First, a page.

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Indaba to highlight darker side of mining

Feb 04 2013 13:07
Mining

The mining industry, the bedrock upon which the country was built, is going through something like an existential crisis. (Picture: Shutterstock) (Shutterstock)

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Cape Town - The Economic Justice Network (EJN) in collaboration with Norwegian Church Aid (NCA), BenchMarks Foundation and the International Alliance on Natural Resources in Africa (IANRA) will host the fourth Alternative Mining Indaba in Cape Town, South Africa from the 3rd to 5th February 2013 which will bring together over a 100 members of civil society, faith-based organisations, mining community members, academics and other stakeholders.

The Alternative Mining Indaba was conceptualised in 2009 by Civil Society Organisations working on Extractive Industries. The aim being to present case studies of victims of mining activities and evidence of ecological damage as a side event to the annual Mining Indaba.  

The Alternative Mining Indaba has been developed by civil society to run simultaneously with the Mining Indaba to articulate the suffering of ordinary people while corporations and governments are meeting to form partnerships and design strategies to consolidate their profits. For instance, looking at how policy instruments like the African Mining Vision are a step in the right direction to get many African countries out of the ‘resource curse’. It brings new and existing knowledge to address the challenges brought by extractive industries on local communities.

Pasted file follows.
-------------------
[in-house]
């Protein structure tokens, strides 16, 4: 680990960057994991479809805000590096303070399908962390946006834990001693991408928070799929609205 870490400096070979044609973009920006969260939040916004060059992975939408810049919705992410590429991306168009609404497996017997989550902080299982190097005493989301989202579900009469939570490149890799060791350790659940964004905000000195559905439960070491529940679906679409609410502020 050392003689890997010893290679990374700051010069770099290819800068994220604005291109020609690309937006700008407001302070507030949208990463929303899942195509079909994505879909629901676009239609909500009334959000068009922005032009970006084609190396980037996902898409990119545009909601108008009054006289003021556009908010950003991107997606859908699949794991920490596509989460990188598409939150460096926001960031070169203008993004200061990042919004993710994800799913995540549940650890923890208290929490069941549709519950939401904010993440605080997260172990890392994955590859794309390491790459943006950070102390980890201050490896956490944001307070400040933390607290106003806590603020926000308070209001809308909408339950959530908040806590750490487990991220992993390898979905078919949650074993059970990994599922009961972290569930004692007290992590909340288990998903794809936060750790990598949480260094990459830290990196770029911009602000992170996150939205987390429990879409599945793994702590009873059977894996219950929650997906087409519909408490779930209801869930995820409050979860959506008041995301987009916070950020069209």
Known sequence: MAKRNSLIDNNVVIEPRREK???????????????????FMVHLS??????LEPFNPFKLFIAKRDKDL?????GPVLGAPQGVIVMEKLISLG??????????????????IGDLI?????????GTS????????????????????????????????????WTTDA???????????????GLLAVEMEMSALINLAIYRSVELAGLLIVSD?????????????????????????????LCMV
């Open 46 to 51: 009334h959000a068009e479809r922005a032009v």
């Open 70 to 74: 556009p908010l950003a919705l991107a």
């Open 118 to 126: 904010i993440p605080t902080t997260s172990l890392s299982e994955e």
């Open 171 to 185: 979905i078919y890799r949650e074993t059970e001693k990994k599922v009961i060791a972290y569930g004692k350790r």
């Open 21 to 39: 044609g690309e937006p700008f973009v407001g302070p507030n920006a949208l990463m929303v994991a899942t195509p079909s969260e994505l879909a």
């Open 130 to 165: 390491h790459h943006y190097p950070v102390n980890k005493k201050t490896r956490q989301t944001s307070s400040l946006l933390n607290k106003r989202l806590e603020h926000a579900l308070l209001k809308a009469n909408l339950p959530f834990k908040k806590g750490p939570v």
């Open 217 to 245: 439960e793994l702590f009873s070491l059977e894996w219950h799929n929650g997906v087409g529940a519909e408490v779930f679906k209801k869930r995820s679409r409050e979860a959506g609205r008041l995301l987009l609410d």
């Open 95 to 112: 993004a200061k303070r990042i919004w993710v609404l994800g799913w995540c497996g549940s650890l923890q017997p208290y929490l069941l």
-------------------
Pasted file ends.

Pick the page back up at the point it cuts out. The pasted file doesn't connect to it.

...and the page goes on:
Due to its exorbitant entry fees civil society has always had difficulties accessing the Mining Indaba.

This exclusion is a calculated act to deny civil society access to a forum where key stakeholders meet to discuss policy and action around African resources. Mining companies and corporations do not acknowledge the impact of mining on communities and their exclusion from participating in the management of their resources.

The Alternative Mining Indaba raises the issues that Mining Indaba deliberately refuses to raise - the issue about poverty of communities adjacent to mining activities, the lack of adequate job creation, the environmental impact of mining activities on these communities as well as generally sustainability after mining operations end.

 

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